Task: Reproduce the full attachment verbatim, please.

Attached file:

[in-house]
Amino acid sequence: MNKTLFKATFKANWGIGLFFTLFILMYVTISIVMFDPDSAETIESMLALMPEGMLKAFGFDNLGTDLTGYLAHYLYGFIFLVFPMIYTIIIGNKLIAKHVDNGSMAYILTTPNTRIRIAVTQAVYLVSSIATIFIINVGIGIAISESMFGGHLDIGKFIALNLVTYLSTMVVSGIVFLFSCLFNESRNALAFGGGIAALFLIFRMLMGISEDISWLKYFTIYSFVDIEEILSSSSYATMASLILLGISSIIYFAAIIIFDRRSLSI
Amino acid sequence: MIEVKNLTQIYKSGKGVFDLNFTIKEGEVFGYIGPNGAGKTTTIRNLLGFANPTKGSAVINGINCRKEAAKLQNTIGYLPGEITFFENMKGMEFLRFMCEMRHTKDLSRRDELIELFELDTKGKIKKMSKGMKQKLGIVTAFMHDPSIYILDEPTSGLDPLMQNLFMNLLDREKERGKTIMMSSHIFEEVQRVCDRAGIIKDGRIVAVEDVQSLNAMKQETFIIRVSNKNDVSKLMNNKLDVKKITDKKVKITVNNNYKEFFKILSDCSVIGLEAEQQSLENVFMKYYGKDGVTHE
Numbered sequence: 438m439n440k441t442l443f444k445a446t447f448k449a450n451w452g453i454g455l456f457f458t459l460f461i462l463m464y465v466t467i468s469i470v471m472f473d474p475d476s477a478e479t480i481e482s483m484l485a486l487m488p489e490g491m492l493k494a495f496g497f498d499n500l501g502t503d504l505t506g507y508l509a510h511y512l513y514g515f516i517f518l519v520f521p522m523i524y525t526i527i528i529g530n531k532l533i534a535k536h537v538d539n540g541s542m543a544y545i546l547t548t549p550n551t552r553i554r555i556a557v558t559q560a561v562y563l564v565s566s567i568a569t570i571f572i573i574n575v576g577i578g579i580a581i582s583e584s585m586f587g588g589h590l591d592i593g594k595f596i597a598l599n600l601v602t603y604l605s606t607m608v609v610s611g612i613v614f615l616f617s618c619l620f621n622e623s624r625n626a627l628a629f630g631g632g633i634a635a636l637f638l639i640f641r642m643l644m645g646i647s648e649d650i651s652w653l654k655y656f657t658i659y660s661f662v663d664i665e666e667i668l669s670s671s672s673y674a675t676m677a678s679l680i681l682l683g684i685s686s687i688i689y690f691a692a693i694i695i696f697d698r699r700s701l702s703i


[in-house]
Amino acid sequence: MNKTLFKATFKANWGIGLFFTLFILMYVTISIVMFDPDSAETIESMLALMPEGMLKAFGFDNLGTDLTGYLAHYLYGFIFLVFPMIYTIIIGNKLIAKHVDNGSMAYILTTPNTRIRIAVTQAVYLVSSIATIFIINVGIGIAISESMFGGHLDIGKFIALNLVTYLSTMVVSGIVFLFSCLFNESRNALAFGGGIAALFLIFRMLMGISEDISWLKYFTIYSFVDIEEILSSSSYATMASLILLGISSIIYFAAIIIFDRRSLSI
Amino acid sequence: MIEVKNLTQIYKSGKGVFDLNFTIKEGEVFGYIGPNGAGKTTTIRNLLGFANPTKGSAVINGINCRKEAAKLQNTIGYLPGEITFFENMKGMEFLRFMCEMRHTKDLSRRDELIELFELDTKGKIKKMSKGMKQKLGIVTAFMHDPSIYILDEPTSGLDPLMQNLFMNLLDREKERGKTIMMSSHIFEEVQRVCDRAGIIKDGRIVAVEDVQSLNAMKQETFIIRVSNKNDVSKLMNNKLDVKKITDKKVKITVNNNYKEFFKILSDCSVIGLEAEQQSLENVFMKYYGKDGVTHE
Numbered sequence: 438m439n440k441t442l443f444k445a446t447f448k449a450n451w452g453i454g455l456f457f458t459l460f461i462l463m464y465v466t467i468s469i470v471m472f473d474p475d476s477a478e479t480i481e482s483m484l485a486l487m488p489e490g491m492l493k494a495f496g497f498d499n500l501g502t503d504l505t506g507y508l509a510h511y512l513y514g515f516i517f518l519v520f521p522m523i524y525t526i527i528i529g530n531k532l533i534a535k536h537v538d539n540g541s542m543a544y545i546l547t548t549p550n551t552r553i554r555i556a557v558t559q560a561v562y563l564v565s566s567i568a569t570i571f572i573i574n575v576g577i578g579i580a581i582s583e584s585m586f587g588g589h590l591d592i593g594k595f596i597a598l599n600l601v602t603y604l605s606t607m608v609v610s611g612i613v614f615l616f617s618c619l620f621n622e623s624r625n626a627l628a629f630g631g632g633i634a635a636l637f638l639i640f641r642m643l644m645g646i647s648e649d650i651s652w653l654k655y656f657t658i659y660s661f662v663d664i665e666e667i668l669s670s671s672s673y674a675t676m677a678s679l680i681l682l683g684i685s686s687i688i689y690f691a692a693i694i695i696f697d698r699r700s701l702s703i